“I think the ban on Twitter will definitely affect investor sentiments and perception about Nigeria negatively, especially foreign investors who invest in Nigeria remotely,” Shinada says.

As he describes it, Twitter has been a medium for such investors to establish contacts and engage in conversations that illuminate the market opportunity in Nigeria.

However, he thinks that the impact will be minimal. With Nigerians finding alternative paths to retain access to Twitter, it shows that the market is resilient, keeping the investment corridor open for business.

Two other tech investors who spoke to TechCabal largely agreed with this view of the Twitter ban’s possible effect on foreign investments into tech startups.

Five days after internet service providers turned off the Twitter switch, the site is still being accessed through VPNs. Therefore, DMs remain open for communication between prospective investors and founding teams. It helps that such chats are never public unless one party divulges conversation history.

But even in terms of communication, other avenues exist. Email and then WhatsApp remain the major channels for hashing out term sheet details, one investor said. Zoom calls and regular phone conversations still work.

More discount on regulatory risk

One area of investment concern following the Twitter ban is “a higher sense of political and regulatory risk,” where unilateral decisions can put whole companies in jeopardy. 

Beyond assessing Nigerian startups on market size and tech gadgets penetration, there will now be a need to put a lot more discount on potential returns by taking political risk into account.

But if investors have to put a lot more political-risk discount on potential returns, would that not increase their scepticism to invest in the first place?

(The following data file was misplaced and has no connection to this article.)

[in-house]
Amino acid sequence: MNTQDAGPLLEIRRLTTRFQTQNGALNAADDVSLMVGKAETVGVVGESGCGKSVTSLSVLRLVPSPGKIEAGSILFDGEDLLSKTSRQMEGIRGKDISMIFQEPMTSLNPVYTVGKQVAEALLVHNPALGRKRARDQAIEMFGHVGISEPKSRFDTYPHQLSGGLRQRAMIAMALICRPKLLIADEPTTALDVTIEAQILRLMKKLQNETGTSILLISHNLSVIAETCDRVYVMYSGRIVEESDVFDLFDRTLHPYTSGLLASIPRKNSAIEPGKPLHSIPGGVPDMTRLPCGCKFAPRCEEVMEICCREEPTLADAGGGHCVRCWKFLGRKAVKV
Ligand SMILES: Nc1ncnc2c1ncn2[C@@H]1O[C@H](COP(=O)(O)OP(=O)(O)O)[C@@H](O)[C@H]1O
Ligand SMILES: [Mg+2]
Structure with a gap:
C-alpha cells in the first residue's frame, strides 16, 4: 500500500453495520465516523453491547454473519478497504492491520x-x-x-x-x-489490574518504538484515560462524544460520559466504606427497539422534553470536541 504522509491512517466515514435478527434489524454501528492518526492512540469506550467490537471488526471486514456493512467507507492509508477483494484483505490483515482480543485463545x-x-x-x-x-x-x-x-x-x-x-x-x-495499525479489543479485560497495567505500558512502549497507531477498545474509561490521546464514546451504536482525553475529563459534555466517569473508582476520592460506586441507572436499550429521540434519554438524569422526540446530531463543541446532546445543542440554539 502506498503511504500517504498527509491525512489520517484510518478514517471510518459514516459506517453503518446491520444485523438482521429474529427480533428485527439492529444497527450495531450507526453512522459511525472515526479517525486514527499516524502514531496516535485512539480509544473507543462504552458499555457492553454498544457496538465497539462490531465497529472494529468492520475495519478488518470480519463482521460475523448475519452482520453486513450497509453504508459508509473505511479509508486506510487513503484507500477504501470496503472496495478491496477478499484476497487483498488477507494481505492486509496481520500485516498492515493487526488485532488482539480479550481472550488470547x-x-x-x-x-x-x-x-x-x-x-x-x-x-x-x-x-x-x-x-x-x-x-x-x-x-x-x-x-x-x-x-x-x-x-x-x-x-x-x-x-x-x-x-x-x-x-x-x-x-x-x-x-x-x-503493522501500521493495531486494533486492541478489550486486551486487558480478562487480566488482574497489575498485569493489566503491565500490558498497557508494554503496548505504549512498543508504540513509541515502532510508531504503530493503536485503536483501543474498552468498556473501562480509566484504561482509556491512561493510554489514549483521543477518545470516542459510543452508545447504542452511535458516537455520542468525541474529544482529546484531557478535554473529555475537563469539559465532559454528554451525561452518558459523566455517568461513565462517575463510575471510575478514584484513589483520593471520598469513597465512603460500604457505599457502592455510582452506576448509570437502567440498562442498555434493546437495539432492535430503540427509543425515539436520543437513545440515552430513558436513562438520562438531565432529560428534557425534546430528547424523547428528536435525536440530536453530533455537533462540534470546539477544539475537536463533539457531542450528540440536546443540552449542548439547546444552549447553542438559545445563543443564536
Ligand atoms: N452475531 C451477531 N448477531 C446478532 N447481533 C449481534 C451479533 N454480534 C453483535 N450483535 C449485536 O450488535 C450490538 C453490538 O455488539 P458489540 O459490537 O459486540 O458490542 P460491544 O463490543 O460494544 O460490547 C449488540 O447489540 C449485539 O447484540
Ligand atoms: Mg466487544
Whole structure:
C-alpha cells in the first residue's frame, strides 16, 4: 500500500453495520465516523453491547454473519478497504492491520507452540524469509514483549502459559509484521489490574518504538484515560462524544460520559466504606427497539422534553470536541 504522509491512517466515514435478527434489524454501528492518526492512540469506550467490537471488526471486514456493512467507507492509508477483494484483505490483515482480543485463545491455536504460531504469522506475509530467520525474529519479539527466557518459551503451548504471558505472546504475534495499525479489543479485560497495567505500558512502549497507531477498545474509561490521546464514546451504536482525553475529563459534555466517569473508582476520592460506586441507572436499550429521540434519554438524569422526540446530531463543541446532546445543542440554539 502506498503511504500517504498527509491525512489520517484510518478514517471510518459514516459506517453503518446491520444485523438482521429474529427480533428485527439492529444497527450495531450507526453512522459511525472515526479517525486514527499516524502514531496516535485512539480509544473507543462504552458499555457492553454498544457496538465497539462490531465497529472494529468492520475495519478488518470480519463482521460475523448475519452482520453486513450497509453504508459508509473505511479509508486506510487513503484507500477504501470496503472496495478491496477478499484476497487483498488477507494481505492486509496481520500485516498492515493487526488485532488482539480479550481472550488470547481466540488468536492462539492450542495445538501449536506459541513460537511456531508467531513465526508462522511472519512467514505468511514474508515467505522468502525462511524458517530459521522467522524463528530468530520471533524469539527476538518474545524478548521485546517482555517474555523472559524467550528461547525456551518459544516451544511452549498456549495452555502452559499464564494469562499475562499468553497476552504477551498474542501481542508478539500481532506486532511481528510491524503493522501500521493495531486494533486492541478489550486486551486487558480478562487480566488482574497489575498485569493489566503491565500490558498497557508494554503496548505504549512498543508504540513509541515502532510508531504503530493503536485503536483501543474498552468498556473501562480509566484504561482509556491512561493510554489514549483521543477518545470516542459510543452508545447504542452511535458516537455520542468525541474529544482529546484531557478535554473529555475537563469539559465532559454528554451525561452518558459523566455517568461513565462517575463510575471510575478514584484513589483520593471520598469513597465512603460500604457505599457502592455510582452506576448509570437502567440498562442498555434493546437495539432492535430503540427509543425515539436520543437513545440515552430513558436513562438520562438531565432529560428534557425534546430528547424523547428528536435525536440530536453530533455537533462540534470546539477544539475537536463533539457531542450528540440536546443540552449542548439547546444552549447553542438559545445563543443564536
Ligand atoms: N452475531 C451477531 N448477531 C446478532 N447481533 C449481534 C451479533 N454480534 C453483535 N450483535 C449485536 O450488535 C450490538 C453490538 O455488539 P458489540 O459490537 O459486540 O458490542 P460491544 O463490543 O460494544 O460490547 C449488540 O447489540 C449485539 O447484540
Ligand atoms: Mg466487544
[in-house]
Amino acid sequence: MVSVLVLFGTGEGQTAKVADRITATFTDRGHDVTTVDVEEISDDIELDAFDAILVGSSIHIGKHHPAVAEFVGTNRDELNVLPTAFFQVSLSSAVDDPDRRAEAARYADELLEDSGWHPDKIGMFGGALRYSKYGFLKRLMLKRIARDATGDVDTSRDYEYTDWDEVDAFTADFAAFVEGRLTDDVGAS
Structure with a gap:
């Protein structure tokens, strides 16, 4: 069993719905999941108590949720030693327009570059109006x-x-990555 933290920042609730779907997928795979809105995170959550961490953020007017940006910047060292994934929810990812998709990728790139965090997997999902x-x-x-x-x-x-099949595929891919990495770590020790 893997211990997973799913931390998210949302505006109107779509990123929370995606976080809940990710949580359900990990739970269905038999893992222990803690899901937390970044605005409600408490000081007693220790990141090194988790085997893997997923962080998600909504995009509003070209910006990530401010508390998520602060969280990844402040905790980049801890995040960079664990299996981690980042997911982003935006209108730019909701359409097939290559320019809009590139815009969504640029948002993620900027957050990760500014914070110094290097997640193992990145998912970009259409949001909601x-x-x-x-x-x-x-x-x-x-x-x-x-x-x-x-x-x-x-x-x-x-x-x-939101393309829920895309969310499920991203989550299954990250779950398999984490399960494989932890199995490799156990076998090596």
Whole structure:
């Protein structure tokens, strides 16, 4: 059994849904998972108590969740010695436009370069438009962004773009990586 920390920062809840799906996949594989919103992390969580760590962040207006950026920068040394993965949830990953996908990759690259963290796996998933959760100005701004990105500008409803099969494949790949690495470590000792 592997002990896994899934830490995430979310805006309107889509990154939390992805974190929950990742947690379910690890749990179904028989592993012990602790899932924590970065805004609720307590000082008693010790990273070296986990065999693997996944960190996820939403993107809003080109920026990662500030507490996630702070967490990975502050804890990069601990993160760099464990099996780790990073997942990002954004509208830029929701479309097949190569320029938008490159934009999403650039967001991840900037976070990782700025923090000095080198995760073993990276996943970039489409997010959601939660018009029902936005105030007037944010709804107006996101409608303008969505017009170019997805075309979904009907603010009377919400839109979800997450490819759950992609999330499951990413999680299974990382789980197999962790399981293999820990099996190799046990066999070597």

It would, for firms who find that the adjusted returns do not fit their investment strategy. Where a firm sets its Internal Rate of Return at 40% and gets 20% after factoring in these risks, it would be inclined to decline such opportunities. 

What that does is that an investor served with a similar opportunity in a lower-risk market, say Ghana, may likely fund the Ghanaian startup instead.

That said, investors who write million-dollar tickets and have taken a long-term view of their play in Nigeria will likely not be turned off by such discounts. 

“For investors like ourselves who are focused on Africa for the long term, this has no effect, and we hope that this will be the case for non Africa based investors as well, who will keep seeing the great long term potential and upside and keep increasing their exposure to the African tech ecosystem,” says Sum, the TLCom Capital partner.

He also hopes that the Nigerian government will realise that bans have not worked and seek collaborations and partnerships with the “very influential” tech community as a path forward. 

Alexander Onukwue Author